While the master sleeps..

September 24, 2012 / Art & Archaeology
Vicenza, Veneto

The Villa Almerico Capra – La Rotonda – master Renaissance builder Andrea Palladio’s crown jewel to the world, is the benchmark of what is now referred to in architecture as the Palladian style.

Not just a villa sitting at the foot of the Colli Berici (Berici Hills) in Vicenza – Citta’ di Palladio – in Italy’s Veneto region, La Rotonda is much, much more. Since its creation in the 16th century, poets and artists, sovereigns and statesmen, scholars and art historians, and travelers and tourists have visited this UNESCO World Heritage Site from every corner of the globe.

Thomas Jefferson’s Virginia estate, Monticello, is just one of many buildings around the world modelled after Palladio’s masterpiece.

After more than five centuries, La Rotonda remains a place of beauty and continues to inspire even while the master sleeps.

by Tom Weber

Tom is a veteran print-broadcast journalist who resides in the Colli Euganei (Euganean Hills) in the province of Padova in the Veneto region of northestern Italy. He hosts the eclectic travel/foodie/photography blog The Palladian Traveler.com, is a regular contributor to Los Angeles-based TravelingBoy.com, and is a member of the International Travel Writers Alliance. Feel free to follow Tom as he “meanders along the cobblestone to somewhere.”

6 Responses to “While the master sleeps..”

  1. Katharina

    Dear Tom, nice article! Thank you. I love La Rotonda, and thought it was worthwhile adding that from there you can reach the Villa Valmarana ai Nani in a 5 minute walk, which is also very beautiful. The frescoes by Tiepolo are stunning. Let me also mention, that one can rent a holiday apartment in the Villa ai Nani. I will be staying there in two weeks time, and am very excited!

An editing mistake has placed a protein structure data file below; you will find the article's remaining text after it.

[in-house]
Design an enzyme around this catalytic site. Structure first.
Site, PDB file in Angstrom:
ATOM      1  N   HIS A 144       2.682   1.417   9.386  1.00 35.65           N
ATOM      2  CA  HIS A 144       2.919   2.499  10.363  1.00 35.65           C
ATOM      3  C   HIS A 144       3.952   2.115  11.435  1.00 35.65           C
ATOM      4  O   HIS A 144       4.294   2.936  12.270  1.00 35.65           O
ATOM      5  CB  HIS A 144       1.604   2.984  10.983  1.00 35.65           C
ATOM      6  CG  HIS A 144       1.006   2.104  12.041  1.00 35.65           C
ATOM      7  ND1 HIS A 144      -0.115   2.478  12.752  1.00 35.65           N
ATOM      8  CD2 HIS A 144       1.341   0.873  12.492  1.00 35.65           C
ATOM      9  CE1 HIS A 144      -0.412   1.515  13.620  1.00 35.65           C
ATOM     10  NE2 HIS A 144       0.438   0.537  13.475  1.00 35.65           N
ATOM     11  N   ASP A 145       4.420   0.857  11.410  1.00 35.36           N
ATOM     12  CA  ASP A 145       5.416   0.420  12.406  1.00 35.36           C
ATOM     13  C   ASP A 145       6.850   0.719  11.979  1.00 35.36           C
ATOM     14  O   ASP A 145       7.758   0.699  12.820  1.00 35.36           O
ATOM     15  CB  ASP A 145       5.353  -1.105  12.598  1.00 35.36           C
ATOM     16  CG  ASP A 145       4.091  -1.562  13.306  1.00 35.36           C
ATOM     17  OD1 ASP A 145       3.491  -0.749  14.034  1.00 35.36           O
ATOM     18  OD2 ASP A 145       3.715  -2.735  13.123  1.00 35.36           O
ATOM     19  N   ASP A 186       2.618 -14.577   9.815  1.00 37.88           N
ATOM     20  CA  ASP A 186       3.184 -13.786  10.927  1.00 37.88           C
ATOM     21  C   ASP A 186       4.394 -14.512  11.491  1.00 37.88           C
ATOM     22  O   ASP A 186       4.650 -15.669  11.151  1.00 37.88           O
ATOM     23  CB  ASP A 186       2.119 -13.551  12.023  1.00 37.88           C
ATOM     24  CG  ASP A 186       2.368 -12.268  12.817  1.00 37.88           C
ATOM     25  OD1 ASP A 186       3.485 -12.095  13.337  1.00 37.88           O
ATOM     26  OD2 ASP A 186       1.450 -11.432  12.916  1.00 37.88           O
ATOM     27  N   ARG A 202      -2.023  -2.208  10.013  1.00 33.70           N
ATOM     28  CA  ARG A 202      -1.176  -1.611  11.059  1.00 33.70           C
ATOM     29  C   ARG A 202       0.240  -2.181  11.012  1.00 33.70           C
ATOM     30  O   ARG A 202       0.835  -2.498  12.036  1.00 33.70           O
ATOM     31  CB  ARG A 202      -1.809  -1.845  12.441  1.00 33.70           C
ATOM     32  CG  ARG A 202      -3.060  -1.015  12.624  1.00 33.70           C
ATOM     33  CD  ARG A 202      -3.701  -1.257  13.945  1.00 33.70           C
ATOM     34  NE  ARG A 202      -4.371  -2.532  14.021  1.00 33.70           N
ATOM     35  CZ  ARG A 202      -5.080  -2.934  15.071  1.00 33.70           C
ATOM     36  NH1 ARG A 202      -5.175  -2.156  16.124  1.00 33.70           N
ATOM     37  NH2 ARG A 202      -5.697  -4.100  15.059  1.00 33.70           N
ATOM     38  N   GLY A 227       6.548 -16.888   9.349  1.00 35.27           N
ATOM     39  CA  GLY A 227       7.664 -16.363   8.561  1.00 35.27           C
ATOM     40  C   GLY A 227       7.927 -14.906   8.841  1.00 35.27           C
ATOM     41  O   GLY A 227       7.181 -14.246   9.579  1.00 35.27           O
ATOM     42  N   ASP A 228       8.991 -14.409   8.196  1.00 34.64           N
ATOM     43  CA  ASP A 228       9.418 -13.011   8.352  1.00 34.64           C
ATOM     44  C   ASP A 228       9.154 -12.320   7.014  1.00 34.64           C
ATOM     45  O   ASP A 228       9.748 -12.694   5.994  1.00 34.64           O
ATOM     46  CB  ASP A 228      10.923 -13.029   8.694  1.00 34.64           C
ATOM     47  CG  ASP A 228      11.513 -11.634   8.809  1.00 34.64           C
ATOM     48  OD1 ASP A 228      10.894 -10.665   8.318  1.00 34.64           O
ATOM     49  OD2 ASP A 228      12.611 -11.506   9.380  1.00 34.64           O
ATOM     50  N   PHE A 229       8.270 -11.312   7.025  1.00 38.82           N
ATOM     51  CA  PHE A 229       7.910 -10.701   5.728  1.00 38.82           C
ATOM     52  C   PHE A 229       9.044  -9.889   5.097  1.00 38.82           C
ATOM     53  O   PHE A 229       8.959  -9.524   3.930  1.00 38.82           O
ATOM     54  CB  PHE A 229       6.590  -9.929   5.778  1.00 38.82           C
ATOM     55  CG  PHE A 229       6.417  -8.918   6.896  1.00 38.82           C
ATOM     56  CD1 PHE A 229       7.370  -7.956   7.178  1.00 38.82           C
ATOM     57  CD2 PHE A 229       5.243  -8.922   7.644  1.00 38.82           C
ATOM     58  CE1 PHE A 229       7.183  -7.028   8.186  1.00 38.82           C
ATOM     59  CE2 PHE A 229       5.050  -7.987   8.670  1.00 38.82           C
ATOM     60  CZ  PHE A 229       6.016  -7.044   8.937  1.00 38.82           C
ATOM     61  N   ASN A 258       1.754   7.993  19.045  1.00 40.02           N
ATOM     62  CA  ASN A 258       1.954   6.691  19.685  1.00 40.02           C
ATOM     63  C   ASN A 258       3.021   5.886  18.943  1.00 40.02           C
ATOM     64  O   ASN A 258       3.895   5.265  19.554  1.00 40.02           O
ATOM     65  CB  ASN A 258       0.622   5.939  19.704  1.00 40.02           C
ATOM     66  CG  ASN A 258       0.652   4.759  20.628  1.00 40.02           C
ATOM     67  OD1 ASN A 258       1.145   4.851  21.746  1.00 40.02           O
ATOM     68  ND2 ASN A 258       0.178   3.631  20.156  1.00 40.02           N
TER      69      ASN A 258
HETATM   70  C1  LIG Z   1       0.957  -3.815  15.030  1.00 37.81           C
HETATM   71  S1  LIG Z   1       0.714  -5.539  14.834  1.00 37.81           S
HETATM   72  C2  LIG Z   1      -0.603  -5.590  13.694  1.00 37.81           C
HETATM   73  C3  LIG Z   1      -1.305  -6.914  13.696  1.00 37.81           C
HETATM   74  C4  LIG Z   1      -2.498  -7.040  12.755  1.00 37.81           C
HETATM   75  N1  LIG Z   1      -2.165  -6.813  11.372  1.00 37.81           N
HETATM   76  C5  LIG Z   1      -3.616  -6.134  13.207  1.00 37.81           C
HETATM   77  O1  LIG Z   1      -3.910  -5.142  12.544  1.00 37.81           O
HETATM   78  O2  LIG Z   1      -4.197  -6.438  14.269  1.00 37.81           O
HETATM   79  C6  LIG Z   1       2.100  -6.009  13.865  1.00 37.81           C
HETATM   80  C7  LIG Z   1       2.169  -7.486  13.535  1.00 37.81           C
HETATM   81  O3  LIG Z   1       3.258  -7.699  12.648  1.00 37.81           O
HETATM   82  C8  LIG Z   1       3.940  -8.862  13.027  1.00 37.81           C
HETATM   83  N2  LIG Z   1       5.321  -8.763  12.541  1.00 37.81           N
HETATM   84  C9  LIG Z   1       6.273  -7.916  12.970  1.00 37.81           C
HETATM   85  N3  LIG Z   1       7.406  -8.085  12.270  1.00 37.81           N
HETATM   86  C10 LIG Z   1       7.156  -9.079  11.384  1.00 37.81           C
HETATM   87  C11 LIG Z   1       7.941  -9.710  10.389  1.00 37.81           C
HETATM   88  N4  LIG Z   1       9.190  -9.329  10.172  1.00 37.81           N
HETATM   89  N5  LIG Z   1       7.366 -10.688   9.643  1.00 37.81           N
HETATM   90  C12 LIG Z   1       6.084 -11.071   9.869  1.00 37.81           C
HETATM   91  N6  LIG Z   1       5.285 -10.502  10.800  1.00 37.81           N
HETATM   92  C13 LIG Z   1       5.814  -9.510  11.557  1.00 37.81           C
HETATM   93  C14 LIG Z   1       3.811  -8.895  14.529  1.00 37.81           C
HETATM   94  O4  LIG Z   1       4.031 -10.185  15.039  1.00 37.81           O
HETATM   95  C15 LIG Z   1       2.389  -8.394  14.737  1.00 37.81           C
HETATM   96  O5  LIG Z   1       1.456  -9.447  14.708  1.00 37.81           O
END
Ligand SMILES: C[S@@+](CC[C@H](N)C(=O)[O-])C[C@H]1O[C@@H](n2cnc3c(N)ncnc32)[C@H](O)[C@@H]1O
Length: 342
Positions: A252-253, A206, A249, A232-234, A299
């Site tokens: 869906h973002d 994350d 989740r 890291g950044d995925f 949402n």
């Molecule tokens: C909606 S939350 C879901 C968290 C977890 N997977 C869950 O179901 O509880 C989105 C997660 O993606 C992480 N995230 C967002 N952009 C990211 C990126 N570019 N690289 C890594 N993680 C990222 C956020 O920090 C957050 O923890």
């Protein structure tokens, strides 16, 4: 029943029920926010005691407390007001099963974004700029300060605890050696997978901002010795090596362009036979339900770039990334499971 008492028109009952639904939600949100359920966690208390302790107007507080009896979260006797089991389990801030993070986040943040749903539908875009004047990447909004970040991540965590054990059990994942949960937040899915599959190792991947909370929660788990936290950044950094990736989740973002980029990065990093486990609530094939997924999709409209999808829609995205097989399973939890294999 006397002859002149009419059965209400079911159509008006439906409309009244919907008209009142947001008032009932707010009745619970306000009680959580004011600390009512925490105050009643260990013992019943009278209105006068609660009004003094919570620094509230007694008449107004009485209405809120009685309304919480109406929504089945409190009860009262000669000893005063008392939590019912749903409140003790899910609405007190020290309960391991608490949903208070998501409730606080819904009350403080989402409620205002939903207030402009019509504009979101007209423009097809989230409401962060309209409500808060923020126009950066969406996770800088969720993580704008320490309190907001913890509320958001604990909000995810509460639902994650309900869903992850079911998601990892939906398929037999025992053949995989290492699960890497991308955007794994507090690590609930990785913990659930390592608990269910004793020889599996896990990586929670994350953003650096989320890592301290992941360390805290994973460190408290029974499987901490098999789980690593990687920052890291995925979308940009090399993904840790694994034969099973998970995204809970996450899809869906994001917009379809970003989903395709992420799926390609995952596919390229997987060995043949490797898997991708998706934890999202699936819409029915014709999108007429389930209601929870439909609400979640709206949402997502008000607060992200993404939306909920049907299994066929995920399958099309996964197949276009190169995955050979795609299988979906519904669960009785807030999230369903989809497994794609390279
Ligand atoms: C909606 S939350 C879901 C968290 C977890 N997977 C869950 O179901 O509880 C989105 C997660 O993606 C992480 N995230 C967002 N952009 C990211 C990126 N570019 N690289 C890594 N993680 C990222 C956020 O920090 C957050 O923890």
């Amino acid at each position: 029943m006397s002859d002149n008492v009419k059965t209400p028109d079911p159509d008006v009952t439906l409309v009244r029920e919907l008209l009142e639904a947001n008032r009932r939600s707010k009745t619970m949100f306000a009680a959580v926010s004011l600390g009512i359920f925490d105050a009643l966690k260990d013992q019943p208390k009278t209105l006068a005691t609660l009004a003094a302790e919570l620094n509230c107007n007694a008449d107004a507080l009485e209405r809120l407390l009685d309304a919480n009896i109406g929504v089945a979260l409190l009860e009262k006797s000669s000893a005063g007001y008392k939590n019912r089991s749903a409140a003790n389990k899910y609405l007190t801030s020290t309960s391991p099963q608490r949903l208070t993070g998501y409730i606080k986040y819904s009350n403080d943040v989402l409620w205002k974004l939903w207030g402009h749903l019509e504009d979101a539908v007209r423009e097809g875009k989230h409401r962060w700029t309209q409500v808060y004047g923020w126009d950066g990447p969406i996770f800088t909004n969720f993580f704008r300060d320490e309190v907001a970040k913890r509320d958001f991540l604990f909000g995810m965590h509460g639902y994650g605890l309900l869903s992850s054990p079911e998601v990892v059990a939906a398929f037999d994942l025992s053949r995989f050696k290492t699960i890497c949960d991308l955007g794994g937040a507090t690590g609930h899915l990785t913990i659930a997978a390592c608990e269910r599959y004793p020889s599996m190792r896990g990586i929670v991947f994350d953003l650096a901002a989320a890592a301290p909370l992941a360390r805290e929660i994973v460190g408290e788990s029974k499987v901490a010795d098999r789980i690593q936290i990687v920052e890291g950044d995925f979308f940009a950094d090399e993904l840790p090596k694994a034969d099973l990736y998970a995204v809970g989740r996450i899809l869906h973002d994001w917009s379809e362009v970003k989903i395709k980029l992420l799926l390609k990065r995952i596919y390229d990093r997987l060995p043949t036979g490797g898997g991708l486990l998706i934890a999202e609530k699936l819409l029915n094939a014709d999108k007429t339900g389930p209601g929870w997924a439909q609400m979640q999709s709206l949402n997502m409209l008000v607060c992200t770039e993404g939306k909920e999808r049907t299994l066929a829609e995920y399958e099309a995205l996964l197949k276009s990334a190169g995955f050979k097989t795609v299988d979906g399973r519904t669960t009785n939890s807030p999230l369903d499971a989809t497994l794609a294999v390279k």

Cheers, Katharina

  2. Katharina,

    You should be excited to actually be able to spend a night in a Palladian villa. For me, I walk by both La Rotonda and Valmarana ai Nani on my regular strolls, as my humble abode is less than a 20-minutes away on foot.

    Ciao for now.


  3. Penny Ewles-Bergeron
    Penny Ewles-Bergeron

    Lovely note Tom! When I see this I do think of Monticello (visited a year or so back) and particularly of Chiswick House in London. Palladio provided a wonderful template for so many stunning buildings. Thanks for telling us about La Rotonda.

  4. Penny – I’m happy to hear that you enjoyed the short article. Andrea Palladio really got around, or at least his architectural design style did. There’s quite a lot of Palladian influence up in the UK. All the best – Tom

  5. Penny Ewles-Bergeron
    Penny Ewles-Bergeron

    Thanks Tom – on Sunday in the Gulbenkian Museum here in Lisbon we noticed a painting that showed the Rialto Bridge in Venice as designed by Palladio. That would have presented a very different Venetian canal prospect from the actual Rialto!

  6. Hi again Penny. You probably saw the “capriccio” painting by Canaletto depicting what the Rialto Bridge would’ve looked like had Palladio been commissioned to build the bridge. Hey, it might’ve worked, but it would not look as simple and beautiful and the bridge that stands there today.

    Speaking of Lisbon, PO, you should click on my personal site – http://www.thepalladiantraveler.com to read about Lisbon’s trolleys and elevators. It’s titled, “Um Bonde Chamado Desejo.” Tom


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